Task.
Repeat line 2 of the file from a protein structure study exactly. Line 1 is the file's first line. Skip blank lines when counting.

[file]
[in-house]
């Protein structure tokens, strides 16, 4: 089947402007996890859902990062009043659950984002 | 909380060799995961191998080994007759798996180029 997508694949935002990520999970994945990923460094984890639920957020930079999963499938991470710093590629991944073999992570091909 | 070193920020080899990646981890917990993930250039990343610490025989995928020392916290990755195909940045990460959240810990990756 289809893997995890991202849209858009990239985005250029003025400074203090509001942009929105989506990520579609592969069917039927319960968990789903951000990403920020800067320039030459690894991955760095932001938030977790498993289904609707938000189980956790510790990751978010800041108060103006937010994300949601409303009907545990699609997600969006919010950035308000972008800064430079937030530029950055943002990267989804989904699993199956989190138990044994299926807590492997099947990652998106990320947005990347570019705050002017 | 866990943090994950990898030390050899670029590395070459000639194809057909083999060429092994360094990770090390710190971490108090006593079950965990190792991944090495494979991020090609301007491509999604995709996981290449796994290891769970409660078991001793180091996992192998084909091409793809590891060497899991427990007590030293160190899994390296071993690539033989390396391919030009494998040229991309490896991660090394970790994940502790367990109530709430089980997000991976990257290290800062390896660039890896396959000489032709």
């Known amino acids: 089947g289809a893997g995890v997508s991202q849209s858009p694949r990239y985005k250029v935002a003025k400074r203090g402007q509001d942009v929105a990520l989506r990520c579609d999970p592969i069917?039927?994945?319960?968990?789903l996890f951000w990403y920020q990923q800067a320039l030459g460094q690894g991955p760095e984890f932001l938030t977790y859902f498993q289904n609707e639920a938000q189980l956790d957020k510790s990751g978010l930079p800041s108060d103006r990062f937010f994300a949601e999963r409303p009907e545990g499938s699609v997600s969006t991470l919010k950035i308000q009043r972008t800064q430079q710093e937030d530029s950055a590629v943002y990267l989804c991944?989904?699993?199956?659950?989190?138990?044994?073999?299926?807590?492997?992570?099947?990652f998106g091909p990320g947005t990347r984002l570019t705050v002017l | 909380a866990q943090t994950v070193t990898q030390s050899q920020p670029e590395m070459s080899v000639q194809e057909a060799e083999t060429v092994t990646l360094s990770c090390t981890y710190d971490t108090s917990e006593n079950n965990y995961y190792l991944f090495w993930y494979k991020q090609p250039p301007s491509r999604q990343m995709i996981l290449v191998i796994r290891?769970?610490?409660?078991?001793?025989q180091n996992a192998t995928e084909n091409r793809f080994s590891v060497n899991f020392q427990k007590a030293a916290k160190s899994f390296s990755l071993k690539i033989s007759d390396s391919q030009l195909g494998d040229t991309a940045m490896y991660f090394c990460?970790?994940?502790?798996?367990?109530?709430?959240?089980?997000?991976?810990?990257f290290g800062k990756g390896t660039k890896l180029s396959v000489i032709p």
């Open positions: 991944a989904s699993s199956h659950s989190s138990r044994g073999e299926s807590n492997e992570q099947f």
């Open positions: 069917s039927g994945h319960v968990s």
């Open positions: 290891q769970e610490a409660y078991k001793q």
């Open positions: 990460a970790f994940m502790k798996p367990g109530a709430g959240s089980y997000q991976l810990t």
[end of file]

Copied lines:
């Protein structure tokens, strides 16, 4: 089947402007996890859902990062009043659950984002 | 909380060799995961191998080994007759798996180029 997508694949935002990520999970994945990923460094984890639920957020930079999963499938991470710093590629991944073999992570091909 | 070193920020080899990646981890917990993930250039990343610490025989995928020392916290990755195909940045990460959240810990990756 289809893997995890991202849209858009990239985005250029003025400074203090509001942009929105989506990520579609592969069917039927319960968990789903951000990403920020800067320039030459690894991955760095932001938030977790498993289904609707938000189980956790510790990751978010800041108060103006937010994300949601409303009907545990699609997600969006919010950035308000972008800064430079937030530029950055943002990267989804989904699993199956989190138990044994299926807590492997099947990652998106990320947005990347570019705050002017 | 866990943090994950990898030390050899670029590395070459000639194809057909083999060429092994360094990770090390710190971490108090006593079950965990190792991944090495494979991020090609301007491509999604995709996981290449796994290891769970409660078991001793180091996992192998084909091409793809590891060497899991427990007590030293160190899994390296071993690539033989390396391919030009494998040229991309490896991660090394970790994940502790367990109530709430089980997000991976990257290290800062390896660039890896396959000489032709």